Wilson, Laura - 'A Thousand Lies'
Compared to your average family, MI6 is a fount of openness and candour and the two related families in Laura Wilson's A THOUSAND LIES harbour more secrets than most.
Amy Vaughan, daughter of a charming scoundrel of a father and a very angry mother, was the victim of 'Munchausen by Proxy' syndrome, and her mother kept an album of photos of Amy, apparently at death's door, that she used to try to manipulate her husband into doing his duty.
Sheila Shand's life up until the age of 36 was even more dire - her father, Leslie Shand, was a sadist and sexual abuser. His reign of terror ended in a blast from a shotgun and Sheila was given a suspended sentence for the killing because, as the judge said in his ruling, her entire life to that point had been punishment enough.
When Amy clears out her mother's house following her death, she finds evidence that she is somehow related to the Shands, of whom she had never heard. Amy is an investigative journalist and sets out to discover what the familial connection is and what happened to that other family. Her task is, however, complicated by the return of her wandering father, who claims to be dying of cancer, and by the appearance of long buried body in the woods near the Shand home, where Sheila still lives.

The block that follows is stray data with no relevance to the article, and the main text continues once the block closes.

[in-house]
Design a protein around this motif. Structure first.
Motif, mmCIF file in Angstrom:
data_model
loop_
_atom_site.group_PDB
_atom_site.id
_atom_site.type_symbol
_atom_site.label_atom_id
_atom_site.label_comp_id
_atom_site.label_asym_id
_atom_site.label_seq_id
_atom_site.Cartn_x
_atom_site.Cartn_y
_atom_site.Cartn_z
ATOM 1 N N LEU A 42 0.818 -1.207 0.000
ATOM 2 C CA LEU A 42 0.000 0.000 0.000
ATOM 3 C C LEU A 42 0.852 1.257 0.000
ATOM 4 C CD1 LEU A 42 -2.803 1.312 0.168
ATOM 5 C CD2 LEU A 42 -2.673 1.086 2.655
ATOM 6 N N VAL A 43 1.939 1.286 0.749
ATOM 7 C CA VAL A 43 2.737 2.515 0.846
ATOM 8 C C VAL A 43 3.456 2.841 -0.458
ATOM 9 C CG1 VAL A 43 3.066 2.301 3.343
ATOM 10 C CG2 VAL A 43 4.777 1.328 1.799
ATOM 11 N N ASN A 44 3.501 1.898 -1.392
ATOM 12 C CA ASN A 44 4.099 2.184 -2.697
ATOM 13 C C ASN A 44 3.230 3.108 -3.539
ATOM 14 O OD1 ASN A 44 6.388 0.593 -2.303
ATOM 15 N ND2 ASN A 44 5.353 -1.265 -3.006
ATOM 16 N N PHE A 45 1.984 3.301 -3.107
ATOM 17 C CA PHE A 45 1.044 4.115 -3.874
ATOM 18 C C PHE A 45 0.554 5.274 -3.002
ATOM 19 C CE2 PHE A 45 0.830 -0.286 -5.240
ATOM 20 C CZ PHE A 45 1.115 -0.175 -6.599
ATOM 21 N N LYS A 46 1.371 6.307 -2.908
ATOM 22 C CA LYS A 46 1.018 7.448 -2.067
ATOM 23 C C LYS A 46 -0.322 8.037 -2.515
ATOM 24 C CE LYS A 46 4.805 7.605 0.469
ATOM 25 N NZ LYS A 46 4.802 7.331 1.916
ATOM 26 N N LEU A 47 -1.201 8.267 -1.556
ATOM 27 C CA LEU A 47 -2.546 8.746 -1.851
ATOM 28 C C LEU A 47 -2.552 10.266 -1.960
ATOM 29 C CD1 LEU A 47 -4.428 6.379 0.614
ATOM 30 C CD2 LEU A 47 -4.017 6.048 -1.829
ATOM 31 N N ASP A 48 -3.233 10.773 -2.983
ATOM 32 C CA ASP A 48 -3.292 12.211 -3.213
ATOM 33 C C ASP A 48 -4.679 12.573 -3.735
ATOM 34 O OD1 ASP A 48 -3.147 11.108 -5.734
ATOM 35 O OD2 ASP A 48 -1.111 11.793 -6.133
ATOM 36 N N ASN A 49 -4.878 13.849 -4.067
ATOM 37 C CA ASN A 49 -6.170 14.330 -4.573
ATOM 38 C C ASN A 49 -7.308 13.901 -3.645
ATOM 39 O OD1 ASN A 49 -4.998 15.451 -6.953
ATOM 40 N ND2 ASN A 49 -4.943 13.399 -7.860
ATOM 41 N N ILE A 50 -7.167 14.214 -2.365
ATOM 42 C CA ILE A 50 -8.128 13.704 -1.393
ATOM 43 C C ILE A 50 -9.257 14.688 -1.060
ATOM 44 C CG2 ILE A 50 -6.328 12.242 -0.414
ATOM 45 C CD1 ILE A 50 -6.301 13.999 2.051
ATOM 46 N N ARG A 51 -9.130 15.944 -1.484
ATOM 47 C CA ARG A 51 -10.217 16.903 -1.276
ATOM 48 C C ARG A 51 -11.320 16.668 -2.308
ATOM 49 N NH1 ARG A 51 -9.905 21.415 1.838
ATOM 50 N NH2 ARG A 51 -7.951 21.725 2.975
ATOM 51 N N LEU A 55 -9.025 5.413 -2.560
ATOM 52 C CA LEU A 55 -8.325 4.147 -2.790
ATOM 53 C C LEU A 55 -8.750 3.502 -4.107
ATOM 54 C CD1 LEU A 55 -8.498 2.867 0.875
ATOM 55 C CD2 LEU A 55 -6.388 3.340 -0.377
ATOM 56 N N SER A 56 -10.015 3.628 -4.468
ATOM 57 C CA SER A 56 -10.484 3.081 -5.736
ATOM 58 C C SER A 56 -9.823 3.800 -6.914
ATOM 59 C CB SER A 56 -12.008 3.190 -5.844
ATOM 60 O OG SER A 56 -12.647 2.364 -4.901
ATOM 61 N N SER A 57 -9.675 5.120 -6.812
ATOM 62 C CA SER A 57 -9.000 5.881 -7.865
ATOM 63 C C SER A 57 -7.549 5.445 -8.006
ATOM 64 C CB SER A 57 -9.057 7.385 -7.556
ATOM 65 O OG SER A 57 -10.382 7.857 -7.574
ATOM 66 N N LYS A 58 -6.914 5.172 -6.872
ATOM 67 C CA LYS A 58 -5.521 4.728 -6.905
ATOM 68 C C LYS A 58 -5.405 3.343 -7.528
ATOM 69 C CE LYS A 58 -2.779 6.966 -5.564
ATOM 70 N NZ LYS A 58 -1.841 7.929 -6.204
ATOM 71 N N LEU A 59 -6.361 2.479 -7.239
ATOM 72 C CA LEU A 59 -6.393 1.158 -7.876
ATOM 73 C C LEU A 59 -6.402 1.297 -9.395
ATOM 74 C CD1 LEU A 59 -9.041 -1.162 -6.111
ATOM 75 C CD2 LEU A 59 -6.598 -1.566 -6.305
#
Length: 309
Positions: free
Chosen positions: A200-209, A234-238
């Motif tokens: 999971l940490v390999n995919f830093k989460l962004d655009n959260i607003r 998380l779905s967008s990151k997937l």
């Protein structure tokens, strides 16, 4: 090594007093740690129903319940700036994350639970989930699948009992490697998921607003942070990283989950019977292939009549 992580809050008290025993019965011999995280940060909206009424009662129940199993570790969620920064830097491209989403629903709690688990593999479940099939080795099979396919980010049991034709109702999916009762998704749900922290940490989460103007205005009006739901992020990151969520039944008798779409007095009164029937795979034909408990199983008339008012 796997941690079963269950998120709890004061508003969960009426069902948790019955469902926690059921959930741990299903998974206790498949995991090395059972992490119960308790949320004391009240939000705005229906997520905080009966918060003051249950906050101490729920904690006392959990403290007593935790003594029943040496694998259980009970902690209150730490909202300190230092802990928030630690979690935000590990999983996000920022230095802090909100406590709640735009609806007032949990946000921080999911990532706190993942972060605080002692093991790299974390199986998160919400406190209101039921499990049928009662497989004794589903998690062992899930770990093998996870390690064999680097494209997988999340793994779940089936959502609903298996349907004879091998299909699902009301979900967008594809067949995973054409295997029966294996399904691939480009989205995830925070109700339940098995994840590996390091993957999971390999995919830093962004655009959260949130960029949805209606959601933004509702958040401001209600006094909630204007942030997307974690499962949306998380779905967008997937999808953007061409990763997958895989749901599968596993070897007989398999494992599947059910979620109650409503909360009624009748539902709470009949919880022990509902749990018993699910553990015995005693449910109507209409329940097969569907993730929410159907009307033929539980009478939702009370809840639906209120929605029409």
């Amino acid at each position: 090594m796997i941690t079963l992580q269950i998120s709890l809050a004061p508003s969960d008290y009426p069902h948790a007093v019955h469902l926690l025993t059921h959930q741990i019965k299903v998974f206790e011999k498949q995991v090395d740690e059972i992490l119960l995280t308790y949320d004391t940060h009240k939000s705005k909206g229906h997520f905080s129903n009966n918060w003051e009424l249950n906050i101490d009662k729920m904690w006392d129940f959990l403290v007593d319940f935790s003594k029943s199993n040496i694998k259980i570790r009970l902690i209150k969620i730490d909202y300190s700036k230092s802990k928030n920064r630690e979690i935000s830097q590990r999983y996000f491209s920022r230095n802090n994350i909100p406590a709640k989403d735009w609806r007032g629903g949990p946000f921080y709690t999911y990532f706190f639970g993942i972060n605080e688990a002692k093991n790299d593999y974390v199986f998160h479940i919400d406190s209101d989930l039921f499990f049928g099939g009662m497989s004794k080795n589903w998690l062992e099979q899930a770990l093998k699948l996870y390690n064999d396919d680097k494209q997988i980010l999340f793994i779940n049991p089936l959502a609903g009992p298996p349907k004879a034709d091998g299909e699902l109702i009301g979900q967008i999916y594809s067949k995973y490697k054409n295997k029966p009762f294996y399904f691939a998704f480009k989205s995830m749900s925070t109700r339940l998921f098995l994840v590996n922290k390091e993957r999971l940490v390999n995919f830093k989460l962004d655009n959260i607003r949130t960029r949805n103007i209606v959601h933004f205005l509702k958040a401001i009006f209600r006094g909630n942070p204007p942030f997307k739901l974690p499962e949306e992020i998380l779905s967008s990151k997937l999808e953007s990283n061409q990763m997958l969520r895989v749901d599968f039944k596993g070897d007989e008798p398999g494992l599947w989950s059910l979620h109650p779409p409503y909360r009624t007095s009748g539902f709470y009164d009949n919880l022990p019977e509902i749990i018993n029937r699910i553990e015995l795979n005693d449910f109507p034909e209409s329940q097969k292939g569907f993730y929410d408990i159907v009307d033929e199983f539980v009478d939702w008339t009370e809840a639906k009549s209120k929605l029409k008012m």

Wilson is striking in her ability to invest the utterly ordinary with sinister associations; it would be hard to view a packet of Angel's Delight pudding with total complacency after reading this book, let alone listen to a recording of 'The Laughing Policeman'. Her characterisations are strong and vivid, though I had a little trouble accepting Amy as the experienced investigative journalist she is supposed to be - she veers too close to the vulnerable female to be entirely comfortable in the role. The plot is cunning without being overly contrived and the book holds its focus right up to the final pages, where it slips a little too close to chick-lit for my taste.
A THOUSAND LIES has been shortlisted for the Duncan Lawrie (formerly Gold) Dagger and is certainly a worthy nomination.
Yvonne Klein, Canada